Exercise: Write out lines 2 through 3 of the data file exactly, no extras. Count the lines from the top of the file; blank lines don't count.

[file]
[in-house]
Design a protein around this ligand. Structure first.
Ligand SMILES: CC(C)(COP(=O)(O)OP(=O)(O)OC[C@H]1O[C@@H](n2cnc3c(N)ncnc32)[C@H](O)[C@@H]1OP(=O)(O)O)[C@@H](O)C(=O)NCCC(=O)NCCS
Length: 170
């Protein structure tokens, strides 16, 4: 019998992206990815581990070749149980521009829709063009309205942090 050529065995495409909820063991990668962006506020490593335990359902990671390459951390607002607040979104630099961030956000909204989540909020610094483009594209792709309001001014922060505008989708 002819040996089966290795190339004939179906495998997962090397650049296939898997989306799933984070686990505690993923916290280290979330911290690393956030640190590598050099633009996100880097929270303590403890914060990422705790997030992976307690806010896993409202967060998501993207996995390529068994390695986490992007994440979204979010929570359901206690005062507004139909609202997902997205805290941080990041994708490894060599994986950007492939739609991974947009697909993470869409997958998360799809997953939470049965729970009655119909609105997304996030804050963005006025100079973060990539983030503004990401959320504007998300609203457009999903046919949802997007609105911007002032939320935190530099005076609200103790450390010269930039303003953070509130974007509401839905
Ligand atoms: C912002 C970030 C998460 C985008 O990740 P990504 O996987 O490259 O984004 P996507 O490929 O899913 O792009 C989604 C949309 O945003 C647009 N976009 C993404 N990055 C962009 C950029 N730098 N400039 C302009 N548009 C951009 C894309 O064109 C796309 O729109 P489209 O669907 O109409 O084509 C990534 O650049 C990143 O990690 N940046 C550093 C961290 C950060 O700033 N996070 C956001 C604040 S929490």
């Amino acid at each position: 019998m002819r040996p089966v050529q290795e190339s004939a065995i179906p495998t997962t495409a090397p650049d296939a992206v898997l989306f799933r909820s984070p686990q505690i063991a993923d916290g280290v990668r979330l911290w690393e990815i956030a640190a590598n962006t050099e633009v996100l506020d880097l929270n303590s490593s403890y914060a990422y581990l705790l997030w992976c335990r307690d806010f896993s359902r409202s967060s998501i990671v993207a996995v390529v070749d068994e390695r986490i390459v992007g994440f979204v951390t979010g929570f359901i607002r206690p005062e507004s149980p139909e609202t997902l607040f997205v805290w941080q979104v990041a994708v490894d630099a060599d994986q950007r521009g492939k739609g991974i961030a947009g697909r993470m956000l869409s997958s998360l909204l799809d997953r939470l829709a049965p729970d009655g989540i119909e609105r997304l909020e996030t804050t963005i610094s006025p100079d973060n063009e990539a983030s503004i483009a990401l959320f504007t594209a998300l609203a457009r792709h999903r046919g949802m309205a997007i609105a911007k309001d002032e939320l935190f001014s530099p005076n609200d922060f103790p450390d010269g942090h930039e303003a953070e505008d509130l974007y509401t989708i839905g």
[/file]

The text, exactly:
Design a protein around this ligand. Structure first.
Ligand SMILES: CC(C)(COP(=O)(O)OP(=O)(O)OC[C@H]1O[C@@H](n2cnc3c(N)ncnc32)[C@H](O)[C@@H]1OP(=O)(O)O)[C@@H](O)C(=O)NCCC(=O)NCCS